Because of the complexity of legal citations, MLA follows a legal citation style guide for citing sources such as legislation and case law. Legal citations in your Works Cited list will look significantly different from other material that you may cite.
Seneca Libraries recommends following the Canadian Guide to Uniform Legal Citation for citing legal resources. In-text citations should still follow the standard MLA format.
The following resources give detailed examples for citing legal resources using the rules from the Canadian Guide to Uniform Legal Citation:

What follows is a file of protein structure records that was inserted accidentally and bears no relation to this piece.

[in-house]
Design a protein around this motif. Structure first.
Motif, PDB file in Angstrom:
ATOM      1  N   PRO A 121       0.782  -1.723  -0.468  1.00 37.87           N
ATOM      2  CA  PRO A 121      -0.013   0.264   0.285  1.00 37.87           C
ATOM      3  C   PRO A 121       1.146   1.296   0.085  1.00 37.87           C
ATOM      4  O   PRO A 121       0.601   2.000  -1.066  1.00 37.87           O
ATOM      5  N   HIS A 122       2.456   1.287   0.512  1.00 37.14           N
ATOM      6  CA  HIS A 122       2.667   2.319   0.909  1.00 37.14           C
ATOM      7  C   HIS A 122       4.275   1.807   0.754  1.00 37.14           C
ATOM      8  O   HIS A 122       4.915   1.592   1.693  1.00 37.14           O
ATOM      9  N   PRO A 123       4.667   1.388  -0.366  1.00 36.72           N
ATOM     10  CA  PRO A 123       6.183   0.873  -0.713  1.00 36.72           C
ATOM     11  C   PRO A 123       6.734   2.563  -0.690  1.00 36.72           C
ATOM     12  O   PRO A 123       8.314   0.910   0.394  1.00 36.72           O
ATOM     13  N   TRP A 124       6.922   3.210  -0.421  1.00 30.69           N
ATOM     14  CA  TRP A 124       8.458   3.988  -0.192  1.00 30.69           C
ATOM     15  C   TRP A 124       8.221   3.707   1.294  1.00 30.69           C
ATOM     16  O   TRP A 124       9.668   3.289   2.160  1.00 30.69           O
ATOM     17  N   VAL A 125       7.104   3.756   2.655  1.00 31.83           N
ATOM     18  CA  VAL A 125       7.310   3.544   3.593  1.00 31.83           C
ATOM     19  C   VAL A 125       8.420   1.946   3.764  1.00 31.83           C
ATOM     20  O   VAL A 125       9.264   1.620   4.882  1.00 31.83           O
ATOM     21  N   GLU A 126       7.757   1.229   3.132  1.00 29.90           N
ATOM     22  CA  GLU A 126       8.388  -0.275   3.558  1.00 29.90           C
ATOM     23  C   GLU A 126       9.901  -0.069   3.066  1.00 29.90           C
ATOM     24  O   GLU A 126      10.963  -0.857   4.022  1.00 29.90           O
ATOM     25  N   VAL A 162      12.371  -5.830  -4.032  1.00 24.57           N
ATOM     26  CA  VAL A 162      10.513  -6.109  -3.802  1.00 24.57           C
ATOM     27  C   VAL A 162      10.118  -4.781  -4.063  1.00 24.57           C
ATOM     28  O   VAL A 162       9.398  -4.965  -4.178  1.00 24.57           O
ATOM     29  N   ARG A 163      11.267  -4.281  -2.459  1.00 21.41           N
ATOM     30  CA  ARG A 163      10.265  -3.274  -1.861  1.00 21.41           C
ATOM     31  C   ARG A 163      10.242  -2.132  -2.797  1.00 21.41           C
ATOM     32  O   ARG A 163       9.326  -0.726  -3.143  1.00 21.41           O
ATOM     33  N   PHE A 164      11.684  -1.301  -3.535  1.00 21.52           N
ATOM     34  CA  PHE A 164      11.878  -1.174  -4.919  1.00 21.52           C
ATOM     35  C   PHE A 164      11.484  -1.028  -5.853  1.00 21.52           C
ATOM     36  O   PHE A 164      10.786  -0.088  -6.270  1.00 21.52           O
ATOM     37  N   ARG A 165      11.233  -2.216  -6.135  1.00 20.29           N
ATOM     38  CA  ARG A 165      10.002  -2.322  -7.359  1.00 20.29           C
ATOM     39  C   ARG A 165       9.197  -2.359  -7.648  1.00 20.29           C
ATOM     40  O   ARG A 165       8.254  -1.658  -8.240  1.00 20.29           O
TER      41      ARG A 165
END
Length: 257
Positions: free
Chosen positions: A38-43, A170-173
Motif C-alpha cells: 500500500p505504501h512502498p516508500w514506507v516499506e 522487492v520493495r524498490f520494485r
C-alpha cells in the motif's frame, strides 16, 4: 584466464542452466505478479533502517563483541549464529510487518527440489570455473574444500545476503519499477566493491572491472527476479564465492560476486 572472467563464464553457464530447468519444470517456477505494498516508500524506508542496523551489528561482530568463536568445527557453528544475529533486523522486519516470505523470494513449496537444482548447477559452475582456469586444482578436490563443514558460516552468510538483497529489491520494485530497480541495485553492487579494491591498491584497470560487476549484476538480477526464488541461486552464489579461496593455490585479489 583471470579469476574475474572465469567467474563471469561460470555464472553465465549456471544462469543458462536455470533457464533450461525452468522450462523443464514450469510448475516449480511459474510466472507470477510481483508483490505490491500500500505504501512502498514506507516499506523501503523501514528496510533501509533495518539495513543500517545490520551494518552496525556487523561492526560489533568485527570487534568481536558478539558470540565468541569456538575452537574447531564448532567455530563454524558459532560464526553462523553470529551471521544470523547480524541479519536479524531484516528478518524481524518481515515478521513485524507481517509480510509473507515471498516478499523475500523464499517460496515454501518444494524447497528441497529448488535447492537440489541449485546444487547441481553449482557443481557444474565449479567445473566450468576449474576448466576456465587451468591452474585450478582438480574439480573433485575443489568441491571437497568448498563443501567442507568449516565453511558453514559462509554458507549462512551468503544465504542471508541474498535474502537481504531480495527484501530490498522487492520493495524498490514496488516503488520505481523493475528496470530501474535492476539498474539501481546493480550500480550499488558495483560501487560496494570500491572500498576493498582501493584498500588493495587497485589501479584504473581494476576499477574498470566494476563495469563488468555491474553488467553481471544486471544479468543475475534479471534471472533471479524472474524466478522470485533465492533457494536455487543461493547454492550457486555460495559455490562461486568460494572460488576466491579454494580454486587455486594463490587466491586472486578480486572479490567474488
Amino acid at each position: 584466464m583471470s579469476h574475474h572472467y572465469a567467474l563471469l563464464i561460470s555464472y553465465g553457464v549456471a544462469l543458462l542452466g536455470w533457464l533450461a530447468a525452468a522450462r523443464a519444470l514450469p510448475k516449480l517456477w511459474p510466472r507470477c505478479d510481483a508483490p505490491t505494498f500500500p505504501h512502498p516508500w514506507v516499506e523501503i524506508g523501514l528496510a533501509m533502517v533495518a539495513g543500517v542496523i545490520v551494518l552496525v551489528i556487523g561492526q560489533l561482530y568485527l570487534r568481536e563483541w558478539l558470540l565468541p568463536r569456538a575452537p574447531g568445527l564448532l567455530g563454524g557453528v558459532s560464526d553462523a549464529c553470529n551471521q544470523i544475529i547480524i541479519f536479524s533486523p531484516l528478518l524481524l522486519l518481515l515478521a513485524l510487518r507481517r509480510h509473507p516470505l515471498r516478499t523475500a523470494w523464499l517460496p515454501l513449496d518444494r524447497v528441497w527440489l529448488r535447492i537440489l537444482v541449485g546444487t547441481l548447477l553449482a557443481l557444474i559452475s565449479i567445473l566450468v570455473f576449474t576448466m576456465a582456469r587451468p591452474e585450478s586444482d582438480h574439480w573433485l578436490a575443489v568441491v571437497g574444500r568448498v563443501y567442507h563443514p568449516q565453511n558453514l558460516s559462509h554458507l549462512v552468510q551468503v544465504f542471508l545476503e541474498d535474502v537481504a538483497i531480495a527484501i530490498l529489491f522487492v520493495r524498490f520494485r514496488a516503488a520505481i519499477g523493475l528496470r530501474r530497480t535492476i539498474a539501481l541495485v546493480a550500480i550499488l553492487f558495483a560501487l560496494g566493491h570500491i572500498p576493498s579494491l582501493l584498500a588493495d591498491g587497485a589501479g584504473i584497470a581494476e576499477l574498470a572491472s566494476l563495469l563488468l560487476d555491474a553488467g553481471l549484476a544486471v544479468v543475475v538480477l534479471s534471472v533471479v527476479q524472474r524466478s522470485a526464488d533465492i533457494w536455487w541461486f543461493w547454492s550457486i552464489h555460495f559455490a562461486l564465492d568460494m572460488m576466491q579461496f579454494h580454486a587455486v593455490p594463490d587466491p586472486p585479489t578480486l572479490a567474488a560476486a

Sometimes an author of a book, article or website will mention another person’s work by using a quotation or paraphrased idea from that source. (This may be called a secondary source.) For example, the Kirkey article you are reading includes a quotation by Smith that you would like to include in your essay.
The basic rule is that in both your References list and in-text citation you will still cite Kirkey. Kirkey will appear in your Works Cited list – NOT Smith.
You will add the words “qtd. in” to your in-text citation.
Examples of in-text citations:
Smith (qtd. in Kirkey) states that “even if euthanasia was legal, 42% of doctors would be against this method of assisted dying” (A.10).
Example of Reference list citation: